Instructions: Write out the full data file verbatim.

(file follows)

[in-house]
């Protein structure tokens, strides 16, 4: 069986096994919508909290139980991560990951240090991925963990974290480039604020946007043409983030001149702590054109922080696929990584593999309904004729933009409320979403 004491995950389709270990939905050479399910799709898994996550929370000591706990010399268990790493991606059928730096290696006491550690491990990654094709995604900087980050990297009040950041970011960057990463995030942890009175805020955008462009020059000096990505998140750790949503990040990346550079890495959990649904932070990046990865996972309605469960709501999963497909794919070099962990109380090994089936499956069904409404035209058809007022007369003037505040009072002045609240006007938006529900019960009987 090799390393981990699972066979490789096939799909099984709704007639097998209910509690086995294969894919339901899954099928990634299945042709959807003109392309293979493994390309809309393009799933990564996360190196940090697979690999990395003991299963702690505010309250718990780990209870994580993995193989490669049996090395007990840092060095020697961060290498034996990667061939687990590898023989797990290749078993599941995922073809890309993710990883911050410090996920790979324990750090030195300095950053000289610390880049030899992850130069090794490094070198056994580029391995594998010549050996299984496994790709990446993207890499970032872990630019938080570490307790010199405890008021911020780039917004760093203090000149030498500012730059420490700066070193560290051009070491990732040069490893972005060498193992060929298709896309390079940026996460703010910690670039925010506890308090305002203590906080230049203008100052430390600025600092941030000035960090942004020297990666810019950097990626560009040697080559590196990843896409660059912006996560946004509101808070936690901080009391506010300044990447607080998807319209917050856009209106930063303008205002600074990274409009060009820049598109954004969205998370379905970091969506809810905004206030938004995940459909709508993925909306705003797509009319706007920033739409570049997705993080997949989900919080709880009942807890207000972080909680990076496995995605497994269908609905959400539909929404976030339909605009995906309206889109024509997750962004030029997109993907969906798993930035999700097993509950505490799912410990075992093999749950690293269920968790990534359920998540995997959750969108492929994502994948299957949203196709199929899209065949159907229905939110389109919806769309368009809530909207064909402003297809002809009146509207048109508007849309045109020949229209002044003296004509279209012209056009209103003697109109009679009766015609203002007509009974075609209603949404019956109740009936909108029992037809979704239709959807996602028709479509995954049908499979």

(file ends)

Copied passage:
[in-house]
């Protein structure tokens, strides 16, 4: 069986096994919508909290139980991560990951240090991925963990974290480039604020946007043409983030001149702590054109922080696929990584593999309904004729933009409320979403 004491995950389709270990939905050479399910799709898994996550929370000591706990010399268990790493991606059928730096290696006491550690491990990654094709995604900087980050990297009040950041970011960057990463995030942890009175805020955008462009020059000096990505998140750790949503990040990346550079890495959990649904932070990046990865996972309605469960709501999963497909794919070099962990109380090994089936499956069904409404035209058809007022007369003037505040009072002045609240006007938006529900019960009987 090799390393981990699972066979490789096939799909099984709704007639097998209910509690086995294969894919339901899954099928990634299945042709959807003109392309293979493994390309809309393009799933990564996360190196940090697979690999990395003991299963702690505010309250718990780990209870994580993995193989490669049996090395007990840092060095020697961060290498034996990667061939687990590898023989797990290749078993599941995922073809890309993710990883911050410090996920790979324990750090030195300095950053000289610390880049030899992850130069090794490094070198056994580029391995594998010549050996299984496994790709990446993207890499970032872990630019938080570490307790010199405890008021911020780039917004760093203090000149030498500012730059420490700066070193560290051009070491990732040069490893972005060498193992060929298709896309390079940026996460703010910690670039925010506890308090305002203590906080230049203008100052430390600025600092941030000035960090942004020297990666810019950097990626560009040697080559590196990843896409660059912006996560946004509101808070936690901080009391506010300044990447607080998807319209917050856009209106930063303008205002600074990274409009060009820049598109954004969205998370379905970091969506809810905004206030938004995940459909709508993925909306705003797509009319706007920033739409570049997705993080997949989900919080709880009942807890207000972080909680990076496995995605497994269908609905959400539909929404976030339909605009995906309206889109024509997750962004030029997109993907969906798993930035999700097993509950505490799912410990075992093999749950690293269920968790990534359920998540995997959750969108492929994502994948299957949203196709199929899209065949159907229905939110389109919806769309368009809530909207064909402003297809002809009146509207048109508007849309045109020949229209002044003296004509279209012209056009209103003697109109009679009766015609203002007509009974075609209603949404019956109740009936909108029992037809979704239709959807996602028709479509995954049908499979």